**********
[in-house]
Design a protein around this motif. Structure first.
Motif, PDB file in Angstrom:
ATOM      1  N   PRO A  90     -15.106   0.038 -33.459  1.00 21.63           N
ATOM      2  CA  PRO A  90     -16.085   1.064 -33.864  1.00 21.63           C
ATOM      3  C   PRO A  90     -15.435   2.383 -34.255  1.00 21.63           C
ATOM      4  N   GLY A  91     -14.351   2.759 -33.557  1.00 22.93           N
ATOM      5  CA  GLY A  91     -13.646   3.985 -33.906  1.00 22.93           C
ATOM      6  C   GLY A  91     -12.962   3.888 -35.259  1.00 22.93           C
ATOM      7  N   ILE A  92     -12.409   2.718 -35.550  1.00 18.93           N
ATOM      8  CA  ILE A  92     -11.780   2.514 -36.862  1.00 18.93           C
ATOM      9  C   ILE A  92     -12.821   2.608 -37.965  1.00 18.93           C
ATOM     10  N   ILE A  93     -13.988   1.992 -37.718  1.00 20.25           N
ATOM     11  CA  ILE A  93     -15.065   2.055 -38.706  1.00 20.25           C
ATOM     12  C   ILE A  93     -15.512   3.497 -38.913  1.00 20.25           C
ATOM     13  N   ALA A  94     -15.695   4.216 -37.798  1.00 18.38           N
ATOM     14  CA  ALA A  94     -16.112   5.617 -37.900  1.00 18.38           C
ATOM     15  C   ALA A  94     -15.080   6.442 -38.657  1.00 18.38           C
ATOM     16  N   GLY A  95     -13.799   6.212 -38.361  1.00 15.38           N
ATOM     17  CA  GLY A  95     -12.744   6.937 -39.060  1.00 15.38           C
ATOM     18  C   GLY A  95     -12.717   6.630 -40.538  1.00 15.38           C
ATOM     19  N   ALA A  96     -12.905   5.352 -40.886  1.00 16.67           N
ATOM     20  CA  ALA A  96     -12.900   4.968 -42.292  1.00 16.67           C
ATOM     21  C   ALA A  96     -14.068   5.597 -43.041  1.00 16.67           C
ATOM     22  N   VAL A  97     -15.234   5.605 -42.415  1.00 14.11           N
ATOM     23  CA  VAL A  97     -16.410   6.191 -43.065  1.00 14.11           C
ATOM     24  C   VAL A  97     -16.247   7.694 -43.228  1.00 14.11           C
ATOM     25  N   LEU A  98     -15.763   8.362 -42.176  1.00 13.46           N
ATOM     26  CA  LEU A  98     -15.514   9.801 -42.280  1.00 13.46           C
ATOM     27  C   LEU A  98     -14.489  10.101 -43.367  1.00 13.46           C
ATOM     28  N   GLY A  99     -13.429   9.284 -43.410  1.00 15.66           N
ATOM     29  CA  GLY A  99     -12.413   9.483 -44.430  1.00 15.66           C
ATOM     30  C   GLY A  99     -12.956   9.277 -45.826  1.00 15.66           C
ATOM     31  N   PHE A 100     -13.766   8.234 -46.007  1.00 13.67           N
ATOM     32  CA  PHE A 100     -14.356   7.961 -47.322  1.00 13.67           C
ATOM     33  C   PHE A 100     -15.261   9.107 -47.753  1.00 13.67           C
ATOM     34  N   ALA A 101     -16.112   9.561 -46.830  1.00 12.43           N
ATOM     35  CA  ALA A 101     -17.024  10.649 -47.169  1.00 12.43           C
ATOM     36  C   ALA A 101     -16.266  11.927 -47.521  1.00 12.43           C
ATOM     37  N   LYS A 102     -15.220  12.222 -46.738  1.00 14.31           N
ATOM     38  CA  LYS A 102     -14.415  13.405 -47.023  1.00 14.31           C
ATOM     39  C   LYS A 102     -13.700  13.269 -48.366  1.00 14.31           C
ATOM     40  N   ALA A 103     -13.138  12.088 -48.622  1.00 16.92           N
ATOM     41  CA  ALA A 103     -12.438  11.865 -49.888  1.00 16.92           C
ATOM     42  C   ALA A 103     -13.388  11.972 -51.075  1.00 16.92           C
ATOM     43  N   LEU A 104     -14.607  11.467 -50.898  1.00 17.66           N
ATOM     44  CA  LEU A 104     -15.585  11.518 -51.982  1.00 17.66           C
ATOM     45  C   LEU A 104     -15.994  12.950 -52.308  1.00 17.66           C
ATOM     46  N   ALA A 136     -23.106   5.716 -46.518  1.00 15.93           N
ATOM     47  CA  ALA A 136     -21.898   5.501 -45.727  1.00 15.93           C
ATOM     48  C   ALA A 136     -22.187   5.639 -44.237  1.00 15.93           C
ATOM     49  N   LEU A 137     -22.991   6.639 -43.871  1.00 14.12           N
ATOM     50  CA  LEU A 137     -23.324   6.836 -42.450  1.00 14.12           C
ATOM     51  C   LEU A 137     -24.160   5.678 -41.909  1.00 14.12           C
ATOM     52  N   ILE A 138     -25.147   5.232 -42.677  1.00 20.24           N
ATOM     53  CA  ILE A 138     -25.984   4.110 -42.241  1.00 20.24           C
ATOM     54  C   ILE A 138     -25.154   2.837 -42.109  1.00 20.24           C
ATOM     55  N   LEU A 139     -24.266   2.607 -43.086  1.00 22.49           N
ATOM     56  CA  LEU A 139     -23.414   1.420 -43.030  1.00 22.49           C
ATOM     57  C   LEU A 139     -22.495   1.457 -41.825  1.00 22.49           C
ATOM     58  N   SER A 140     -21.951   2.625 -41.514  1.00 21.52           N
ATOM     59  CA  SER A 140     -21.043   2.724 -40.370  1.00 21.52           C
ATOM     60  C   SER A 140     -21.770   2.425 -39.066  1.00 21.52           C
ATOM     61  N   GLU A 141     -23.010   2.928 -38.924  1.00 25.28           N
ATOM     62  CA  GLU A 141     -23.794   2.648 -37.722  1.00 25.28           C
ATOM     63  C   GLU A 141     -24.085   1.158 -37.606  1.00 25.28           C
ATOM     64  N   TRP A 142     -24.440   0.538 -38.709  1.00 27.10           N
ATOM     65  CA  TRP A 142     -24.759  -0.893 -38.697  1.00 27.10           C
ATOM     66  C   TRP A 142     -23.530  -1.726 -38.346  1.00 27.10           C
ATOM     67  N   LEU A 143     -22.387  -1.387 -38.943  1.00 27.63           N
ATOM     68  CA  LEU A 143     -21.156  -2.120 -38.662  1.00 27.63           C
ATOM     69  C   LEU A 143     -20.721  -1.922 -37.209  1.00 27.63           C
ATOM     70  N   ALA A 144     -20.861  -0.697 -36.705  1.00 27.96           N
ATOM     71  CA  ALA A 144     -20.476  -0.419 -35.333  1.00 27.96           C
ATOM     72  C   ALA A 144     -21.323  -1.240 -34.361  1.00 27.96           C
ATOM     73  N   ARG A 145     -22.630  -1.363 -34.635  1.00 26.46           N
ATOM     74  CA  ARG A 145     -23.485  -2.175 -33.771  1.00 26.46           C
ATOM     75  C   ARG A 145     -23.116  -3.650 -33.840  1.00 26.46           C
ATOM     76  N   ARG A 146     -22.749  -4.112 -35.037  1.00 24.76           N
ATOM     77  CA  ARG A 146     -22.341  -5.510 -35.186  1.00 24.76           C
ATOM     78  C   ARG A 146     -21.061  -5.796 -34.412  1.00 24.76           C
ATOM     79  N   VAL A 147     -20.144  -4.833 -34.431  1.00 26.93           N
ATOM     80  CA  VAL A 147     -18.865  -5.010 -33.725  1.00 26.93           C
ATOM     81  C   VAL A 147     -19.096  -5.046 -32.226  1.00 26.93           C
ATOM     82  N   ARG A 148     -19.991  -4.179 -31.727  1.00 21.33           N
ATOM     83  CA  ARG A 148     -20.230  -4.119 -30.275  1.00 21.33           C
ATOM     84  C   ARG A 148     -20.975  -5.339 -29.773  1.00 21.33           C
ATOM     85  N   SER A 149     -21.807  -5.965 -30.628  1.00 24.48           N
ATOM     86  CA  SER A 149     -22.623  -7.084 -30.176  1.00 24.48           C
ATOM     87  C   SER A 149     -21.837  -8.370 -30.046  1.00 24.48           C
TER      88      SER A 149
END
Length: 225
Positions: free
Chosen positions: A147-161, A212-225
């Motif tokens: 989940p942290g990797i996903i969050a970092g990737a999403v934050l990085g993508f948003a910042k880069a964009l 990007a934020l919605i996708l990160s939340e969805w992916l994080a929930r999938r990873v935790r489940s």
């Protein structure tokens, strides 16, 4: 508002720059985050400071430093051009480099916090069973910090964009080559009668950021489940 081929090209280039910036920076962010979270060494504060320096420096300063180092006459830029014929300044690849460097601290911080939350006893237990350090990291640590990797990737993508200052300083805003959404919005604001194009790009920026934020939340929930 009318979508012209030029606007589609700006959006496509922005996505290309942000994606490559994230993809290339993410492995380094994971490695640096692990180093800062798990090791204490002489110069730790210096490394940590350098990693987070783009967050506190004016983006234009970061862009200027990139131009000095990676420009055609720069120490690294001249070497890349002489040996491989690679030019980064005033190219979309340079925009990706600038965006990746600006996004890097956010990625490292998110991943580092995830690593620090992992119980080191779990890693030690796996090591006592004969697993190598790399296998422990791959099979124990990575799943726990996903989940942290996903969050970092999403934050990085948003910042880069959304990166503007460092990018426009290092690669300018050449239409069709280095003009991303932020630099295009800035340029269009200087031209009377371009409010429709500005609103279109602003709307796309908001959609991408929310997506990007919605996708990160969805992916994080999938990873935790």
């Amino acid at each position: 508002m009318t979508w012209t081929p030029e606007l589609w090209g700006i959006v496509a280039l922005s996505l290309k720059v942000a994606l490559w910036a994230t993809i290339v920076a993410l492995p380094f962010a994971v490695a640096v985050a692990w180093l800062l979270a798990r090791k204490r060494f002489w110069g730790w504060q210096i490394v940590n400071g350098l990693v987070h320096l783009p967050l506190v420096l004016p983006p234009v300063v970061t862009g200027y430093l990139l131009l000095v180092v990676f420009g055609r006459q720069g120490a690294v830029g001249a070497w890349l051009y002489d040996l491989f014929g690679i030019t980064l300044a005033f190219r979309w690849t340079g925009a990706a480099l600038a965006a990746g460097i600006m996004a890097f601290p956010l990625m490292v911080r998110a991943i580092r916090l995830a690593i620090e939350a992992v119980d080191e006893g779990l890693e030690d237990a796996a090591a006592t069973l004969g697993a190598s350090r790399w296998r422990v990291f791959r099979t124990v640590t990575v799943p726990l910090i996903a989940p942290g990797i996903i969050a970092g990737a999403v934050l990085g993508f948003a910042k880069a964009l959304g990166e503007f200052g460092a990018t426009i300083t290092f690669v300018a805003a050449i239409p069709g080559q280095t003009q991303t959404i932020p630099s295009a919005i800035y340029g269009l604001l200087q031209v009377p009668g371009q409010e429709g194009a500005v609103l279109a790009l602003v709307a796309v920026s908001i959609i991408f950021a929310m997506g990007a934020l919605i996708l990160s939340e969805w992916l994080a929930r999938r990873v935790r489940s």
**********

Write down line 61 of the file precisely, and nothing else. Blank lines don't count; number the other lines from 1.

ATOM     58  N   SER A 140     -21.951   2.625 -41.514  1.00 21.52           N